|Description: A calling card made from card-weight paper, an off-white colour with script-like printing on the face side. The face reads: 'MRS. ARTHUR B. HARRIS, BENARES.' On the reverse side it reads: 'I WANT DORA TO HAVE THIS BEAUTIFUL BOOK HER FATHER GAVE ME & WHICH I HAVE PRIZED SO MUCH. MAY SHE LOVE IT AS I HAVE. ? MARY HARRIS 1919.'
Mary Horatia Magrath Harris (1859-1954) was the granddaughter of Reverend James Magrath (1769 1851), who was the first rector of St. Peter's Anglican Church in Erindale. Her parents, Christiana (née Sutherland) and William Melchior Magrath, married in 1856. Christiana died after the birth of her third daughter, Isabel, in 1860. Mary and her two sisters were raised by their aunt, Anna Cordelia Magrath, at Erindale Estate. Both the Magraths and Harrises were members of the St. Peter's Anglican Church and the families knew each other well. It was at church that Mary and Arthur Harris first met and later married in 1881. Mary and Arthur had three children, Annie (1882 1986), Naomi (1883 1968) and Margaret (1887). Oral tradition suggests that Mary never fully recovered from the sad loss of her third child and she suffered hearing impairment soon after. Mary was a very generous woman and held in high esteem by all who knew her. She enjoyed polishing silver, crocheting, and gardening. Mary died at the age of 94, January 20th, 1956. Dora Sayers Caro (1915-2004) was born in Clarkson in 1915, to Beverly and Annie Sayers (née Harris). Dora lived close to Benares in a number of homes, including "Skidoo","The Pines", and later "The Log Bungalow." During World War I, Dora lived at Benares with her mother and brother while her father was overseas as an officer. Dora first started acting at age 10, appearing in school plays, and later in local stage productions in Mississauga and Oakville. To gain experience, she found work at the University of Toronto’s "Hart House Theatre", working with children’s theatre productions. In 1936, at the age of 21, Dora moved to New York and found work with the touring company of "What Every Woman Knows." Dora’s first big break came a year after arriving in New York, in 1937's "Stage Door." She later appeared in the long-running Broadway production of "My Fair Lady." The pinnacle came in 1941, when Dora was chosen to be the understudy for the legendary Katherine Hepburn in "The Philadelphia Story." The Tony award winning playwright, Moss Hart, took one of his shows to the American-occupied Pacific islands during World War II, to entertain the troops. Dora joined his cast for "The Man Who Came To Dinner." Dora also helped form the United Services Organization in 1941. The USO provided health and recreational facilities for soldiers and administered church services, but was best known for the travelling vaudeville reviews that entertained Allied troops in Europe and the Pacific during WWII. Dora married actor Ralph Forbes (pronounced RAYF) in 1946. Forbes appeared in over 70 movies from 1921 to 1944. He and Dora met in 1942 during the stage production of Noël Coward’s "Private Lives." Ralph died 5 years after he and Dora married in 1951. Dora later married Jim Caro in 1954 and retired from the stage. Jim and Dora were avid equestrians. They also enjoyed breeding and showing thoroughbred dogs. Dora and Jim lived in France and the Bahamas before settling in the United States. She lived in McLean, Virginia - near Washington D.C. - until her death in 2004.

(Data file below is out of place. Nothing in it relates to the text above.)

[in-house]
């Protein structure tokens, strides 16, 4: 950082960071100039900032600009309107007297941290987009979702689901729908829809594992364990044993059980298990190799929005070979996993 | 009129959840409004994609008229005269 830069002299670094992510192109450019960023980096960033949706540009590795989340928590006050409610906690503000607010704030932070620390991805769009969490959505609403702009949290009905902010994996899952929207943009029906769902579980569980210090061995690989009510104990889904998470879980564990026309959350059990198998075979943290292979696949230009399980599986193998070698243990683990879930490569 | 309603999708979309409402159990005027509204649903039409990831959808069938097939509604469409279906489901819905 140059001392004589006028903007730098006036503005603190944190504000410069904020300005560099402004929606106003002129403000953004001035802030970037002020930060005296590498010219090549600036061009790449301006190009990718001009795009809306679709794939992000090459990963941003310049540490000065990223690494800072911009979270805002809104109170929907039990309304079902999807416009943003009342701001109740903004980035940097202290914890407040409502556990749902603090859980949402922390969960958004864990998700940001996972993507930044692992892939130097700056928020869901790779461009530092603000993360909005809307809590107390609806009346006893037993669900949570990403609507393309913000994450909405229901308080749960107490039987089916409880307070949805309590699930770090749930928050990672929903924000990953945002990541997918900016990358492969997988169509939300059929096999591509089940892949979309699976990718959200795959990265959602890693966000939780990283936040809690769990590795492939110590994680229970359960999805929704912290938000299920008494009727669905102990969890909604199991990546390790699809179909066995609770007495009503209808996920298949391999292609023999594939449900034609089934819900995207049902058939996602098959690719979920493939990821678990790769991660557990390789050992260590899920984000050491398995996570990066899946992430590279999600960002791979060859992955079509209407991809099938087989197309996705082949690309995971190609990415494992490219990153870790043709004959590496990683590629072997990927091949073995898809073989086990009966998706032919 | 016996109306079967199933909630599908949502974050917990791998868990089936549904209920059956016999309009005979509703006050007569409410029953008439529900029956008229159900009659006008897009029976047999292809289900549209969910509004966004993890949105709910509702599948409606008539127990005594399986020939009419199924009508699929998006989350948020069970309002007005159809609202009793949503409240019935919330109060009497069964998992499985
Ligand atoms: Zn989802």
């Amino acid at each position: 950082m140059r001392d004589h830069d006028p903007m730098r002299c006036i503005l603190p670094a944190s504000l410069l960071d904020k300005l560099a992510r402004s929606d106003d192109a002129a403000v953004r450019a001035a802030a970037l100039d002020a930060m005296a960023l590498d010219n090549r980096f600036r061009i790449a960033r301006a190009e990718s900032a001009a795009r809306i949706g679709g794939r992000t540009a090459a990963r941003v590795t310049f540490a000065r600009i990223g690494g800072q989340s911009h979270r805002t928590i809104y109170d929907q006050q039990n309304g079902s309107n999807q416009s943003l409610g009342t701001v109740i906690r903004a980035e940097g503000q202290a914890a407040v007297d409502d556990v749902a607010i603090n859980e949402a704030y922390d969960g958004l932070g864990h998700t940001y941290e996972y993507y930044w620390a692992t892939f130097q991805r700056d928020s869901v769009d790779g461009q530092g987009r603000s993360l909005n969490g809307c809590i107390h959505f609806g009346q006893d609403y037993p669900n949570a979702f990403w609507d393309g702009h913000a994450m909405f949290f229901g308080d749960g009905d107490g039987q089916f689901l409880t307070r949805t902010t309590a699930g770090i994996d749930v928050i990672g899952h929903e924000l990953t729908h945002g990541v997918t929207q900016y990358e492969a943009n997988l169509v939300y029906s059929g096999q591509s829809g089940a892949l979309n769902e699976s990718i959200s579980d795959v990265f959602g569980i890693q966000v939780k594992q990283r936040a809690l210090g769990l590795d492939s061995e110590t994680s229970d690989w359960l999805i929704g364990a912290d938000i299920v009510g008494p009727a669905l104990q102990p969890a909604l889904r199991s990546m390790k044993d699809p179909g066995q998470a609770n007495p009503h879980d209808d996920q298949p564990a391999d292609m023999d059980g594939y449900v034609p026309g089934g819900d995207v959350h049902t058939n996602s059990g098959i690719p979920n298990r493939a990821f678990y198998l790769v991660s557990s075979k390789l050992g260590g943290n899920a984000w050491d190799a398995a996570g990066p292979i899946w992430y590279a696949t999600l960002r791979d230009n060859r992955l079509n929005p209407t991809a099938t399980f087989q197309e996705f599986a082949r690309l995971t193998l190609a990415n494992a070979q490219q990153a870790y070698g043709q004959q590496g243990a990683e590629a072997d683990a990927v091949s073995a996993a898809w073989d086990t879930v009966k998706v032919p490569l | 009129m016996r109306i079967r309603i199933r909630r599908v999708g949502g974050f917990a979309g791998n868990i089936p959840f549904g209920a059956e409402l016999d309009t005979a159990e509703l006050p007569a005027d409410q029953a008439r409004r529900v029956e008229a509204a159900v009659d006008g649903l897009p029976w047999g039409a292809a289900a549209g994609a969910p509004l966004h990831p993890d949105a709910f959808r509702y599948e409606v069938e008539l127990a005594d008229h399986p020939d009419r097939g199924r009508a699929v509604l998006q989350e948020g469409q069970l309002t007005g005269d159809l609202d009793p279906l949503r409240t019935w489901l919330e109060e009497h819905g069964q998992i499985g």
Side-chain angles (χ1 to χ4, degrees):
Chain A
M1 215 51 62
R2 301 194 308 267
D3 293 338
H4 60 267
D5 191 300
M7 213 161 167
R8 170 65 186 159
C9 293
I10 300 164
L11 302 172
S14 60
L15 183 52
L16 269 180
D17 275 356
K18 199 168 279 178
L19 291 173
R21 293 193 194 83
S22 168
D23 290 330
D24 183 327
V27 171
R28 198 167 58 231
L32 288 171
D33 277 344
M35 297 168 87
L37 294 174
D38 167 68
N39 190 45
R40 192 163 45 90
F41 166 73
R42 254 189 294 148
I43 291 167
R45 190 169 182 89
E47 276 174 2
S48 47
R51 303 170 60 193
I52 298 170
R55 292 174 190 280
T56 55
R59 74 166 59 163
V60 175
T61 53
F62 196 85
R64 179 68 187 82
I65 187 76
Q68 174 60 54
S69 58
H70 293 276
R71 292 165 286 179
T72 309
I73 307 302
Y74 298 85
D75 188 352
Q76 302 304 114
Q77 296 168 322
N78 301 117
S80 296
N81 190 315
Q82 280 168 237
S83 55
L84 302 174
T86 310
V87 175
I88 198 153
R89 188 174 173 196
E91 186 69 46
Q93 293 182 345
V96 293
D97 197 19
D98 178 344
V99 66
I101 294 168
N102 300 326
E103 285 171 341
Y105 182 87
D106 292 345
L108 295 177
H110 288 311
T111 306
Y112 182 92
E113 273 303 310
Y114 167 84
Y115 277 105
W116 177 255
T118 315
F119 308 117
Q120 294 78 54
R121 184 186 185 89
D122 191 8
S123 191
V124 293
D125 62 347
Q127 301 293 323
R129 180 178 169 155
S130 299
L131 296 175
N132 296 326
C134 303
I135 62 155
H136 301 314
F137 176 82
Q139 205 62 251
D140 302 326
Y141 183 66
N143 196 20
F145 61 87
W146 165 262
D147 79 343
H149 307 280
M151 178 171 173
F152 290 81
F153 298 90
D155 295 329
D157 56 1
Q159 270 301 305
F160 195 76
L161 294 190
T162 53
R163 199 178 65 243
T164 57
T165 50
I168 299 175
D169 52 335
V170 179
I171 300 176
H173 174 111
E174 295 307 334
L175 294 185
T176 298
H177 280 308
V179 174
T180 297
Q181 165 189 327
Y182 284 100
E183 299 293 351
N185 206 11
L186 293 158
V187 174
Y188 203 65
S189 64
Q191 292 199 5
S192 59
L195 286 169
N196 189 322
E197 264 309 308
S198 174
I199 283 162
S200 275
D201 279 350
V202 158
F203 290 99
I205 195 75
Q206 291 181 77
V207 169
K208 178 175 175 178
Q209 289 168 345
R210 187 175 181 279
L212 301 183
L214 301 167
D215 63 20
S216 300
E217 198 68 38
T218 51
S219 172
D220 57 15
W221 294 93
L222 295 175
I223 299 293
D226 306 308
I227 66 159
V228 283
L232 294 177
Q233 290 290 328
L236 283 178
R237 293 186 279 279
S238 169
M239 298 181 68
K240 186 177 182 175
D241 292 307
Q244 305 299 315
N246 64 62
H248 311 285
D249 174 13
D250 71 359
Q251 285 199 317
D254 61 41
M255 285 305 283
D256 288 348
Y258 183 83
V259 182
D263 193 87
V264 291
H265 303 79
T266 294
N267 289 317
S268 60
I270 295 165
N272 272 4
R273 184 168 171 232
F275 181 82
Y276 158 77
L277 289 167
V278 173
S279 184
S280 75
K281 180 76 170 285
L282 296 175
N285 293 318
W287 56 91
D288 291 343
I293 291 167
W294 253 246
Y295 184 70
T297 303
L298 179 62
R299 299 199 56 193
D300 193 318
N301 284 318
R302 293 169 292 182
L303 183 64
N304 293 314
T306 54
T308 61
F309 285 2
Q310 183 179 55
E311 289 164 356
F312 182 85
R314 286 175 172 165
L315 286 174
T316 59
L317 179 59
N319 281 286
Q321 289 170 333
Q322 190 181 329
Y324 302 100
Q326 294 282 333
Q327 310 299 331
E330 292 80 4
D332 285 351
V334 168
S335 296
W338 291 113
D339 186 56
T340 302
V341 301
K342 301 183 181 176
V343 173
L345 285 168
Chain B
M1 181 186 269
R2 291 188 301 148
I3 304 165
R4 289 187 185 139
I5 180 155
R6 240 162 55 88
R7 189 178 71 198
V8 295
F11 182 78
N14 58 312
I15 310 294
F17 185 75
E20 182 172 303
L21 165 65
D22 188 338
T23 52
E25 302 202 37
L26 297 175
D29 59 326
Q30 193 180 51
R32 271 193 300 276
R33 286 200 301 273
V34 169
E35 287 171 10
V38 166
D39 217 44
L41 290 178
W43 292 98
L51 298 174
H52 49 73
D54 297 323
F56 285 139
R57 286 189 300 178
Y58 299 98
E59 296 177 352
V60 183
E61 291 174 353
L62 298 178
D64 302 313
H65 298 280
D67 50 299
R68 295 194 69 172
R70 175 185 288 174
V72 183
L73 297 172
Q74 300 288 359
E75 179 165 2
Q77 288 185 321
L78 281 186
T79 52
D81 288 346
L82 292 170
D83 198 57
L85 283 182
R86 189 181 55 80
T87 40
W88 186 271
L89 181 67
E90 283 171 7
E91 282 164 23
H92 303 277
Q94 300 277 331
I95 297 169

Items donated by Barbara Sayers Larson. Barbara Larson is the daughter of Annie Harris (1882-1986) and Beverly Sayers (1882-1976) and granddaughter of Arthur (1843-1932) and Mary (1859-1954) Harris. Barbara was born January 27, 1920 and was the youngest of three children. Barbara and her siblings, Geoffrey Sayers (1907-1997) and Dora Sayers Caro (1915-2004) donated Benares to the Ontario Heritage Foundation in 1969 after inheriting it from their aunt, Naomi Harris (1883-1968). |